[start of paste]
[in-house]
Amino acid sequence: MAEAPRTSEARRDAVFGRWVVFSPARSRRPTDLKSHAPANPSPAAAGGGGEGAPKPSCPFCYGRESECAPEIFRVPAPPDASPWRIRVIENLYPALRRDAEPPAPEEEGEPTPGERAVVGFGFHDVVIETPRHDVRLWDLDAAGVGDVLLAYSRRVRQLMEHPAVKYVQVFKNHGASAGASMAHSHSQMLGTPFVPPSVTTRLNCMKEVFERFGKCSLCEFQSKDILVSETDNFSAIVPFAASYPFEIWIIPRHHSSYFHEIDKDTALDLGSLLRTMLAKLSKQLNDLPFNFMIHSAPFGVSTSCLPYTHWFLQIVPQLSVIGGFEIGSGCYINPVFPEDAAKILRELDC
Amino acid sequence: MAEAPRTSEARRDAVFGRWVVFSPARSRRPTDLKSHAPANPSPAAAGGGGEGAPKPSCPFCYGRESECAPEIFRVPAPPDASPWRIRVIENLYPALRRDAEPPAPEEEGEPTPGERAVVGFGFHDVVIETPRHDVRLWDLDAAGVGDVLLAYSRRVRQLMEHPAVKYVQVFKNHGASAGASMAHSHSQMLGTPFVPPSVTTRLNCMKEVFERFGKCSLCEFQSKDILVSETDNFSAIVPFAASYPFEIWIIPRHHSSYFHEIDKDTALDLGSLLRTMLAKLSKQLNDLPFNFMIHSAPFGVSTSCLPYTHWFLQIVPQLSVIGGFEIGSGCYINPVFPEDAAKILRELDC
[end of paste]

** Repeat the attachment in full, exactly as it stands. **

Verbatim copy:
[in-house]
Amino acid sequence: MAEAPRTSEARRDAVFGRWVVFSPARSRRPTDLKSHAPANPSPAAAGGGGEGAPKPSCPFCYGRESECAPEIFRVPAPPDASPWRIRVIENLYPALRRDAEPPAPEEEGEPTPGERAVVGFGFHDVVIETPRHDVRLWDLDAAGVGDVLLAYSRRVRQLMEHPAVKYVQVFKNHGASAGASMAHSHSQMLGTPFVPPSVTTRLNCMKEVFERFGKCSLCEFQSKDILVSETDNFSAIVPFAASYPFEIWIIPRHHSSYFHEIDKDTALDLGSLLRTMLAKLSKQLNDLPFNFMIHSAPFGVSTSCLPYTHWFLQIVPQLSVIGGFEIGSGCYINPVFPEDAAKILRELDC
Amino acid sequence: MAEAPRTSEARRDAVFGRWVVFSPARSRRPTDLKSHAPANPSPAAAGGGGEGAPKPSCPFCYGRESECAPEIFRVPAPPDASPWRIRVIENLYPALRRDAEPPAPEEEGEPTPGERAVVGFGFHDVVIETPRHDVRLWDLDAAGVGDVLLAYSRRVRQLMEHPAVKYVQVFKNHGASAGASMAHSHSQMLGTPFVPPSVTTRLNCMKEVFERFGKCSLCEFQSKDILVSETDNFSAIVPFAASYPFEIWIIPRHHSSYFHEIDKDTALDLGSLLRTMLAKLSKQLNDLPFNFMIHSAPFGVSTSCLPYTHWFLQIVPQLSVIGGFEIGSGCYINPVFPEDAAKILRELDC